Besides Cutting New Hampshire Seniors' Medicare Benefits $3.8 Million in Year Ahead, State Projected to Lose $8.8 Million in Economic Activity, $4.3 Million in Lost Wages
WASHINGTON, June 5 /PRNewswire-USNewswire/ -- As Congress returned to Washington this week following its Memorial Day district work period, the New Hampshire Health Care Association (NHHCA) released a new analysis finding the Bush Administration's proposed $770 million Medicare Part A national nursing home funding cuts will not only cost New Hampshire seniors $3.8 million in essential health benefits, but cause the state to lose $8.8 million in total economic activity and $4.3 million in lost wages. NHHCA officials are in Washington this week lobbying the New Hampshire congressional delegation on long term care financing and other related issues.
According to the new study, prepared by the American Health Care Association (AHCA), the following schedule illustrates the direct, indirect and induced impact of the Administration's pending $3.9 million Medicare cut on New Hampshire, scheduled to go into effect this summer:
Direct Indirect Induced TOTAL
Impact ($) 3,856,855 942,692 4,097,330 8,896,877
Impacts ($) 2,473,531 313,257 1,561,788 4,348,576
Direct Effect represents the impact (e.g. change in employment or revenues) for the expenditures and/or production values specified as direct final demand changes.
Indirect Effect represents the impact (e.g. change in employment) caused by the iteration of industries purchasing from industries resulting from direct final demand changes.
Induced Effect represents the impacts on all local industries caused by the expenditures of new household income generated by the direct and indirect effects of final demand changes.
Total Impact is the sum of the direct, indirect and induced effects.
Labor Income is the sum of employee compensation and proprietary income.
Economic Impact Analysis: Impact Analysis for Planning (IMPLAN) software, Minnesota IMPLAN Group, Inc., 2006 data.
Copyright, American Health Care Association, 2008
"The Bush Administration's proposed Medicare cuts not only threaten New Hampshire seniors' access to quality care throughout our state, but will also negatively impact our state and local economy," stated John Poirier, President and CEO of NHHCA. "The Medicare cuts represent a 'lose-lose' proposition because New Hampshire seniors' care needs will be shortchanged and our state economy will be damaged at a time we already face significant challenges related to state Medicaid financing."
The New Hampshire long term care leader said the Medicare regulations being changed by the Bush Administration are currently helping facilities throughout the state successfully serve higher acuity patients -- at a lower cost than other settings. "Considering the fact existing Medicare policy is beneficial to both patients and the taxpayers who finance the program, it is especially curious this regulatory policy change is being pursued by the President's health care team," Poirier stated. Current policy, he added, saved Medicare $709 million in 2006 alone nationally, according to an independent analysis by Avalere Health, LLC.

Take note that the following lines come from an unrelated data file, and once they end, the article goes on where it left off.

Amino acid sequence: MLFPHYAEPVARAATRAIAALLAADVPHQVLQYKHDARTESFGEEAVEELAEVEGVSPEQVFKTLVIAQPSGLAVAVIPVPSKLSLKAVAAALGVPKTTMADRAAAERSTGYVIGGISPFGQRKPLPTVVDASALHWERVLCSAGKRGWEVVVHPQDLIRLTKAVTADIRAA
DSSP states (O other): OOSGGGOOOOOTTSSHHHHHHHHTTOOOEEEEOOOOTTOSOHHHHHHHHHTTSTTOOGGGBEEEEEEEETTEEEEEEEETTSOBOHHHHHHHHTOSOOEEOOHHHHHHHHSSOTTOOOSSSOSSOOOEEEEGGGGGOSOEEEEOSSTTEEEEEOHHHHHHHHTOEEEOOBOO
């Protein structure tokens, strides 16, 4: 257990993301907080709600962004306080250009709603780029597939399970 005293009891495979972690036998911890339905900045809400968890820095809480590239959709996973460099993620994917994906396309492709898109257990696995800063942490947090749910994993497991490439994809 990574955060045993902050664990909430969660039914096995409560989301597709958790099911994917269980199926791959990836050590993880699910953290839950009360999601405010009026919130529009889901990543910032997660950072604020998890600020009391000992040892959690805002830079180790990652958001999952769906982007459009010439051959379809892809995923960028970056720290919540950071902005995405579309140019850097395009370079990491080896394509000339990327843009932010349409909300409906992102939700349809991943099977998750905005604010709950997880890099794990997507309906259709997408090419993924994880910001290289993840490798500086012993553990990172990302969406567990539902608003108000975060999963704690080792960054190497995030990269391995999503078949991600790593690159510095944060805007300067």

"It is our intent to ensure during our visits on Capitol Hill that the New Hampshire congressional delegation is well informed about the significant damage the Administration's Medicare changes will incur both to New Hampshire's most vulnerable citizens, and to our state and local economies," Poirier continued.
Susan Feeney, Vice-President of Public Affairs for AHCA, said rural communities in states like New Hampshire have higher than average numbers of elderly citizens, and noted that beyond serving the growing complex care needs of elderly seniors, rural facilities are a major local employer, and a significant part of the local economy. "Front line caregivers throughout New Hampshire, and across America, make a key difference in patient care - and the Bush Administration's plan now set to go forward presents a clear and present danger to caregiver jobs, to vulnerable seniors' care needs, and to the health and well being of New Hampshire's economic and jobs base."
John Getts, Executive Director of Greenbrier Terrace in Nashua, said, "The Bush Administration's single-minded effort to implement regulatory-driven Medicare cuts will undercut care in New Hampshire's rural communities -- which have special challenges -- and add to facilities' already onerous challenge of contending with rising wage rates and ever-higher energy prices. The Bush Medicare cuts will not only place the jobs of key front line caregivers in jeopardy -- the very direct care staff that make a difference in patient outcomes -- but further undermine facility quality improvement initiatives that are making a positive difference."
Ted Lee, owner and operator of Hanover Hill Health Care Center in Manchester, NH, explained that Medicaid already significantly underfunds New Hampshire facilities' costs in regard to the ongoing provision of quality nursing home care, and that the planned federal Medicare cuts will exacerbate an already dangerous funding environment. "Medicare and Medicaid funding are inextricably linked - and we in New Hampshire are contending with a long term care funding environment that undermines quality improvement efforts, and jeopardizes our oldest seniors' health and well being."
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|SOURCE New Hampshire Health Care Association|
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